For more than 70 years, the United States’ ability to do good in the world and secure its international interests has been inseparable from its commitment to democracy at home and abroad. Today, just as democracies around the world face new challenges from without and within, President Trump is chipping away day by day at America’s standing as a force for good in the world.

The present age is not the first time that the United States has seen global democracy in retreat or presided over the decline of its own influence. History has proven more than once that the United States is capable of renewing its own democratic compacts while fighting for its values abroad. While America has not always lived up to its ideals, the truth remains that many people around the world still look to American democracy for inspiration and support. This unique role can and must outlast President Trump. America’s future security and prosperity will in turn depend in large part on whether the United States can continue to defend and lead the world’s democratic community. To prevail over the current illiberal challenge and preserve its place as the world’s leading nation, America needs to revive and harness the power of democratic values.

About the authors

Kelly Magsamen is the vice president for National Security and International Policy at the Center for American Progress.

Max Bergmann and Michael Fuchs are senior fellows at the Center.

Trevor Sutton is a fellow at the Center.


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  34. As the German minister of foreign affairs, Heiko Maas, explained in a speech after the G-7 summit, “Old pillars of reliability are crumbling under the weight of new crises and alliances dating back decades are being challenged in the time it takes to write a tweet. The US was long the leading power among the free nations. For 70 years, it was committed to freedom, prosperity and security here in Europe. … However, the Atlantic has become wider under President Trump and his policy of isolationism has left a giant vacuum around the world.” See Federal Foreign Office, “Speech by Foreign Minister Heiko Maas : „Courage to Stand Up for Europe – #EuropeUnited” June 13, 2018, available at
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  39. Although recommendations for addressing these domestic challenges are beyond the scope of this paper, CAP has produced a wide range of relevant policy analysis on these topics. See, for example, Center for American Progress, “Blueprint for the 21st Century” (2018), available at; CAP Health Policy Team “Medicare Extra for All: A Plan to Guarantee Universal Health Coverage in the United States” (Washington: Center for American Progress, 2018), available at; Angela Hanks, Danyelle Solomon, and Christian E. Weller, “Systematic Inequality: How America’s Structural Racism Helped Create the Black-White Wealth Gap” (Washington: Center for American Progress, 2018), available at; Center for American Progress, “6 Ways to Reduce Gun Violence in America” (2018), available at; Neil Davey, “Congress Must Do More to Address the U.S. Opioid Epidemic,” Center for American Progress, August 25, 2016, available at; Center for American Progress, “Bold Ideas for State Action” (2018), available at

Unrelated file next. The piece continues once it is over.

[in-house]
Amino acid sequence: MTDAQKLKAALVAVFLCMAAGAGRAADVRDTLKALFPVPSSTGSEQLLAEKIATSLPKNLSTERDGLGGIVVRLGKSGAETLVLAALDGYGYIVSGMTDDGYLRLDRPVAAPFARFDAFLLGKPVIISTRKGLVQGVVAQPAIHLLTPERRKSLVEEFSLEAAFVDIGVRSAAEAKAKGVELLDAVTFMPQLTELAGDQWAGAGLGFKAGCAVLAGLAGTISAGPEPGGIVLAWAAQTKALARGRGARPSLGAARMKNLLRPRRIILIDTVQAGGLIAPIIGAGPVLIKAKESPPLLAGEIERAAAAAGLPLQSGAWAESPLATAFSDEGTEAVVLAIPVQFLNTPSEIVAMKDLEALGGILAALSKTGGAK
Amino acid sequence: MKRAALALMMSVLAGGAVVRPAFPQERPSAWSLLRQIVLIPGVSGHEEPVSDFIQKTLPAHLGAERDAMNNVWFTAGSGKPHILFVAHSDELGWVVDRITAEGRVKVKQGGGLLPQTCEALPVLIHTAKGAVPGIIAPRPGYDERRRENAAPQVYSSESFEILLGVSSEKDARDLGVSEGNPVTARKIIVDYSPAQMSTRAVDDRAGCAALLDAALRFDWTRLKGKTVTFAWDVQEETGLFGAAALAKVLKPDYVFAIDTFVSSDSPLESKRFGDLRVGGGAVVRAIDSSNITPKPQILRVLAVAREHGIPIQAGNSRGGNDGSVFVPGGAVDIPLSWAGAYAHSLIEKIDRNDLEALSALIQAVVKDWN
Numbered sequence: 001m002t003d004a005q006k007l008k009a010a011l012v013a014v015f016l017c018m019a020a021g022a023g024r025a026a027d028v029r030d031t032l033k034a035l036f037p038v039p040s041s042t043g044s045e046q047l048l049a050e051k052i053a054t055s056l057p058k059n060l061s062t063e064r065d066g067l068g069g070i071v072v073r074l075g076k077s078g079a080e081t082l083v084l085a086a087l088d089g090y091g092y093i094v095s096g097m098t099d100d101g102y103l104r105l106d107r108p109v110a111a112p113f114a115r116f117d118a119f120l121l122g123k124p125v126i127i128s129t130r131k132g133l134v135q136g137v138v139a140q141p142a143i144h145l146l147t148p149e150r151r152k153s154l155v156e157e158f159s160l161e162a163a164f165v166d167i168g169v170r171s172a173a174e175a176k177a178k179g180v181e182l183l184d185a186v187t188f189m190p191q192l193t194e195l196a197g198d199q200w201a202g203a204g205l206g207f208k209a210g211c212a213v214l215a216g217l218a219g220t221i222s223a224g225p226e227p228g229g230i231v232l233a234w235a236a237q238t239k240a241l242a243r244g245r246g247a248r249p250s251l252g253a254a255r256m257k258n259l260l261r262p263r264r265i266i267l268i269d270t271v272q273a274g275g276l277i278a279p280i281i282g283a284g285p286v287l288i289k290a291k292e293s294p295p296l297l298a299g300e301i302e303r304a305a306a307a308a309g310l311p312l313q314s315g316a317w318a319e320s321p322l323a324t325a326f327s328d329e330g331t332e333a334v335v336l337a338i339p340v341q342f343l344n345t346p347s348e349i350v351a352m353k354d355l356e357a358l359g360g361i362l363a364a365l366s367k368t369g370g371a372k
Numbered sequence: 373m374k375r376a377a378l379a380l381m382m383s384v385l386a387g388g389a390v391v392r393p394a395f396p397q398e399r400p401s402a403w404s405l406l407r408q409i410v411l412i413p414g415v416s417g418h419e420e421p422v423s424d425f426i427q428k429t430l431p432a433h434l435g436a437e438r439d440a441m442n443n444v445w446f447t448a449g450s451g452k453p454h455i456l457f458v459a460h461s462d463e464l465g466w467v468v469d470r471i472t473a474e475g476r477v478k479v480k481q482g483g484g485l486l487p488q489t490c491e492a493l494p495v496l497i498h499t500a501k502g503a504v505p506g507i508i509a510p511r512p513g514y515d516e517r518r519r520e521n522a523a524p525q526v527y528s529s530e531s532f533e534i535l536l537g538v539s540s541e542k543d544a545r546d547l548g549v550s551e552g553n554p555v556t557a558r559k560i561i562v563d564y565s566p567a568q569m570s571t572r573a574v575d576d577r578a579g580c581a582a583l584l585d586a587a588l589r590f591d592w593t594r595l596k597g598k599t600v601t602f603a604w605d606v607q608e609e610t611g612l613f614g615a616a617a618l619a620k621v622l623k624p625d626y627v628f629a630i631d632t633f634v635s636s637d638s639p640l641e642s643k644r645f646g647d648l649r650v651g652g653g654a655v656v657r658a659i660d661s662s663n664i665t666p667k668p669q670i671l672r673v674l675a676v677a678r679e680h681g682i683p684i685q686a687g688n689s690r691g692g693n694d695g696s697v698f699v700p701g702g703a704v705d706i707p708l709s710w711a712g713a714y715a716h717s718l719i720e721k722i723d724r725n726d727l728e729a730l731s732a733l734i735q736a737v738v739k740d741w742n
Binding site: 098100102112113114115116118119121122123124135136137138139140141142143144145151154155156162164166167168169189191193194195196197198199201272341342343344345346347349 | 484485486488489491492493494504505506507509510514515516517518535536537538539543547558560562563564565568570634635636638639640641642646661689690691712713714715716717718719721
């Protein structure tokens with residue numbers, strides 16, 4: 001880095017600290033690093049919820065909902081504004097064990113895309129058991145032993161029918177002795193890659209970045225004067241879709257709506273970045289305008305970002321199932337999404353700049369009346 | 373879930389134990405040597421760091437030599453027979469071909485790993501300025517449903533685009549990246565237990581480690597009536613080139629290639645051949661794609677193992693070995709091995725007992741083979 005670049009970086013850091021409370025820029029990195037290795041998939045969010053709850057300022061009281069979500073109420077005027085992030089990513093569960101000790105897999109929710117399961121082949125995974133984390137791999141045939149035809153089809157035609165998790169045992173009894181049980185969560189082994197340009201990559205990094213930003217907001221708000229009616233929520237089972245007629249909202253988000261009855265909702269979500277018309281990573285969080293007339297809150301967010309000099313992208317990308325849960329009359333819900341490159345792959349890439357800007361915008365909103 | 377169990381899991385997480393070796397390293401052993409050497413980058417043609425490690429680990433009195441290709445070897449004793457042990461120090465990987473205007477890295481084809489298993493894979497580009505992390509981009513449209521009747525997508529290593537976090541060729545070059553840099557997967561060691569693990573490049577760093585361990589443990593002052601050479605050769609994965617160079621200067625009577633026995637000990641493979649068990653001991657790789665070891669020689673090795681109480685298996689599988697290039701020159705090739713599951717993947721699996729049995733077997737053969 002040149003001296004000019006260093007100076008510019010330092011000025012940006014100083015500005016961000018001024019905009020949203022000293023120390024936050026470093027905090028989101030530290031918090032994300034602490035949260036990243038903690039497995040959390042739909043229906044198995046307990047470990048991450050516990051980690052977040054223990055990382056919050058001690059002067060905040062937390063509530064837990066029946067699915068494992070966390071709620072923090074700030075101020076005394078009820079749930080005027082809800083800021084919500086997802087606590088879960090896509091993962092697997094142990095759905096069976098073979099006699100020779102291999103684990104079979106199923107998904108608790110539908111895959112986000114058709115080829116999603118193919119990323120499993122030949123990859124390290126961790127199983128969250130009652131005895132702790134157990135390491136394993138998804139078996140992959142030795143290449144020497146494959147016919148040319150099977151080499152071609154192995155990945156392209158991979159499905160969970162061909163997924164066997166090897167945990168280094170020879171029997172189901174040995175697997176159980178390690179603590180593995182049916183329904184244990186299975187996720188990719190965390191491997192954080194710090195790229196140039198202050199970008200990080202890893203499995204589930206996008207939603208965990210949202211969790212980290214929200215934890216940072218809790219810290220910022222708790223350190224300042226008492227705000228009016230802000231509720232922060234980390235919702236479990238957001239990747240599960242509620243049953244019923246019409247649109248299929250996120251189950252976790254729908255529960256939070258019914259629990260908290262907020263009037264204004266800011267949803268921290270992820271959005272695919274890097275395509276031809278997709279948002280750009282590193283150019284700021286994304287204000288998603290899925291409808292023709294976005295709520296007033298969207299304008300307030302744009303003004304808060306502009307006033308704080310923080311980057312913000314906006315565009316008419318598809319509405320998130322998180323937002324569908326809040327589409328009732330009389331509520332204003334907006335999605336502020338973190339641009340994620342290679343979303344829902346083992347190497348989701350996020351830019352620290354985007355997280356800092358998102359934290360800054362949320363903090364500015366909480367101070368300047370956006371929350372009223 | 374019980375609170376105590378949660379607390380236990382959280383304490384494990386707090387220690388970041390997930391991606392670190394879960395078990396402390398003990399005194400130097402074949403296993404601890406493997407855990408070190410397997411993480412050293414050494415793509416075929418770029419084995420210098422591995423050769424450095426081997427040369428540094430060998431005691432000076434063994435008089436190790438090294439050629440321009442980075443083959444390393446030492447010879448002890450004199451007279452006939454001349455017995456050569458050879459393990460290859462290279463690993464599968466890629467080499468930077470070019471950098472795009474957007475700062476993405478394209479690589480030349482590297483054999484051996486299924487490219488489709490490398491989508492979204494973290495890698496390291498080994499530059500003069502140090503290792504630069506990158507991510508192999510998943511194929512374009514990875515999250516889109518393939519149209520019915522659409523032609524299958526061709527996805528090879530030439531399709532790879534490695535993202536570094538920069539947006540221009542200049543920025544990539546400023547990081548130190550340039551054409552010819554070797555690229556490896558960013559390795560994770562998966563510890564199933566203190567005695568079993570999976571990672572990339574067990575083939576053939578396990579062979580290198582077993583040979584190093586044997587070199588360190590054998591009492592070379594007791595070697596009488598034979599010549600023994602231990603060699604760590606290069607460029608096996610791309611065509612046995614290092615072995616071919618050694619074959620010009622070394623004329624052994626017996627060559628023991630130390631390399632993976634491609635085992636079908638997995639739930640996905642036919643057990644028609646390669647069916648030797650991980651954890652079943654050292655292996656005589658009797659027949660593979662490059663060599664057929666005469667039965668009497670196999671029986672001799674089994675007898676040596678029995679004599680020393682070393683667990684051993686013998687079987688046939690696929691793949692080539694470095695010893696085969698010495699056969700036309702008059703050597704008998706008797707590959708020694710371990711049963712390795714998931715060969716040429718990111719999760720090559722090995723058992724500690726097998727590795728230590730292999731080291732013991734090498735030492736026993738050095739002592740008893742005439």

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  41. These vulnerabilities and some potential approaches to addressing them were examined in the following reports: Bergmann and Kenney, “War by Other Means”; Diana Pilipenko, “Cracking the Shell: Trump and the Corrupting Potential of Furtive Russian Money” (Washington: Center for American Progress, 2018), available at; Jamie Fly, Laura Rosenberger, and David Salvo, “The ASD Policy Blueprint for Countering Authoritarian Interference in Democracies” (Washington: German Marshall Fund, 2018), available at
  42. Liz Sidoti, “McCain Favors a ‘League of Democracies,’” The Washington Post, April 30, 2007, available at
  43. Anna Ohanyan, “What’s next for Armenia’s protest movement?” Al Jazeera, May 1, 2018, available at; BBC, “Slovakia protests: 65,000 join Bratislava anti-government protests,” March 16, 2018, available at

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Kelly Magsamen

Vice President, National Security and International Policy

Max Bergmann

Former Senior Fellow

Michael Fuchs

Senior Fellow

Trevor Sutton

Senior Fellow